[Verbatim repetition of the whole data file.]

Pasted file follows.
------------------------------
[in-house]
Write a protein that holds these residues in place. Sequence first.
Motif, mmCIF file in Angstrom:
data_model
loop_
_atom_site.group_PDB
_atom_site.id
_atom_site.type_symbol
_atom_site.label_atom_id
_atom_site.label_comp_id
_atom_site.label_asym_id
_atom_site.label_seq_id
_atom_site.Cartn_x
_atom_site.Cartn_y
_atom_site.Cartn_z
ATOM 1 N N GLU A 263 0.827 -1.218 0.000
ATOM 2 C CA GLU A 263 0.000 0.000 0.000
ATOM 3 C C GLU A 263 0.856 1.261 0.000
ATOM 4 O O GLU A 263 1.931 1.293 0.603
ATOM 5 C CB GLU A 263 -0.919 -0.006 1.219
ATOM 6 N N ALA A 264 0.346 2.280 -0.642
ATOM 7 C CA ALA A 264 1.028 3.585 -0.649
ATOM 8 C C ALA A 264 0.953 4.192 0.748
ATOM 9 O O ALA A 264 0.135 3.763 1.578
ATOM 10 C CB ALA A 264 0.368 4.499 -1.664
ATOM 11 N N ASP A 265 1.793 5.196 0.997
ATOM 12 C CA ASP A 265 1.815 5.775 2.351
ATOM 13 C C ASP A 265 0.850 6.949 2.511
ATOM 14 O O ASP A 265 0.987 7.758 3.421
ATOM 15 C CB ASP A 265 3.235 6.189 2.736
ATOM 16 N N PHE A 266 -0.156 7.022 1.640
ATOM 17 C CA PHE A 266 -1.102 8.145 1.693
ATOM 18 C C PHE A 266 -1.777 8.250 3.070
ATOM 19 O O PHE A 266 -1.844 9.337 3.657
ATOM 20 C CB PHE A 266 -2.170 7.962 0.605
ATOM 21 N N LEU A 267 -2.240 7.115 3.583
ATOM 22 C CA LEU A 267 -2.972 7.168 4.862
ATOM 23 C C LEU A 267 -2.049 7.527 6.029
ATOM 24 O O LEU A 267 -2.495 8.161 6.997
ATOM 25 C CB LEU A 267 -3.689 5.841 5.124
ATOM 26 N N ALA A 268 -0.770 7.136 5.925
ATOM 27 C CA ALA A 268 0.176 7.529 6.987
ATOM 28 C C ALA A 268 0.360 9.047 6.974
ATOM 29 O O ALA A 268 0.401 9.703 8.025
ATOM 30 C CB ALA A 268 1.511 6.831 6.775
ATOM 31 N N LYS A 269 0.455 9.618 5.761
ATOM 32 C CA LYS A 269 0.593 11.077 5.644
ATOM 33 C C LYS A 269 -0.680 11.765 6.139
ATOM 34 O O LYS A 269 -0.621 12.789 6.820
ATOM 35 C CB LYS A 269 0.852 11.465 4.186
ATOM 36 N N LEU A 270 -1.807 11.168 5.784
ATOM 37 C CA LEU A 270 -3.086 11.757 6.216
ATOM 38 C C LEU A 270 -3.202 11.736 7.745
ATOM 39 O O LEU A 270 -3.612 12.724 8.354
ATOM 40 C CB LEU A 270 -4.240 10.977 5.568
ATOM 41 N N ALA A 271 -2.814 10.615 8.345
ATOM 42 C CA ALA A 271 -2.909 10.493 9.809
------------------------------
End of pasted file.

[in-house]
Write a protein that holds these residues in place. Sequence first.
Motif, mmCIF file in Angstrom:
data_model
loop_
_atom_site.group_PDB
_atom_site.id
_atom_site.type_symbol
_atom_site.label_atom_id
_atom_site.label_comp_id
_atom_site.label_asym_id
_atom_site.label_seq_id
_atom_site.Cartn_x
_atom_site.Cartn_y
_atom_site.Cartn_z
ATOM 1 N N GLU A 263 0.827 -1.218 0.000
ATOM 2 C CA GLU A 263 0.000 0.000 0.000
ATOM 3 C C GLU A 263 0.856 1.261 0.000
ATOM 4 O O GLU A 263 1.931 1.293 0.603
ATOM 5 C CB GLU A 263 -0.919 -0.006 1.219
ATOM 6 N N ALA A 264 0.346 2.280 -0.642
ATOM 7 C CA ALA A 264 1.028 3.585 -0.649
ATOM 8 C C ALA A 264 0.953 4.192 0.748
ATOM 9 O O ALA A 264 0.135 3.763 1.578
ATOM 10 C CB ALA A 264 0.368 4.499 -1.664
ATOM 11 N N ASP A 265 1.793 5.196 0.997
ATOM 12 C CA ASP A 265 1.815 5.775 2.351
ATOM 13 C C ASP A 265 0.850 6.949 2.511
ATOM 14 O O ASP A 265 0.987 7.758 3.421
ATOM 15 C CB ASP A 265 3.235 6.189 2.736
ATOM 16 N N PHE A 266 -0.156 7.022 1.640
ATOM 17 C CA PHE A 266 -1.102 8.145 1.693
ATOM 18 C C PHE A 266 -1.777 8.250 3.070
ATOM 19 O O PHE A 266 -1.844 9.337 3.657
ATOM 20 C CB PHE A 266 -2.170 7.962 0.605
ATOM 21 N N LEU A 267 -2.240 7.115 3.583
ATOM 22 C CA LEU A 267 -2.972 7.168 4.862
ATOM 23 C C LEU A 267 -2.049 7.527 6.029
ATOM 24 O O LEU A 267 -2.495 8.161 6.997
ATOM 25 C CB LEU A 267 -3.689 5.841 5.124
ATOM 26 N N ALA A 268 -0.770 7.136 5.925
ATOM 27 C CA ALA A 268 0.176 7.529 6.987
ATOM 28 C C ALA A 268 0.360 9.047 6.974
ATOM 29 O O ALA A 268 0.401 9.703 8.025
ATOM 30 C CB ALA A 268 1.511 6.831 6.775
ATOM 31 N N LYS A 269 0.455 9.618 5.761
ATOM 32 C CA LYS A 269 0.593 11.077 5.644
ATOM 33 C C LYS A 269 -0.680 11.765 6.139
ATOM 34 O O LYS A 269 -0.621 12.789 6.820
ATOM 35 C CB LYS A 269 0.852 11.465 4.186
ATOM 36 N N LEU A 270 -1.807 11.168 5.784
ATOM 37 C CA LEU A 270 -3.086 11.757 6.216
ATOM 38 C C LEU A 270 -3.202 11.736 7.745
ATOM 39 O O LEU A 270 -3.612 12.724 8.354
ATOM 40 C CB LEU A 270 -4.240 10.977 5.568
ATOM 41 N N ALA A 271 -2.814 10.615 8.345
ATOM 42 C CA ALA A 271 -2.909 10.493 9.809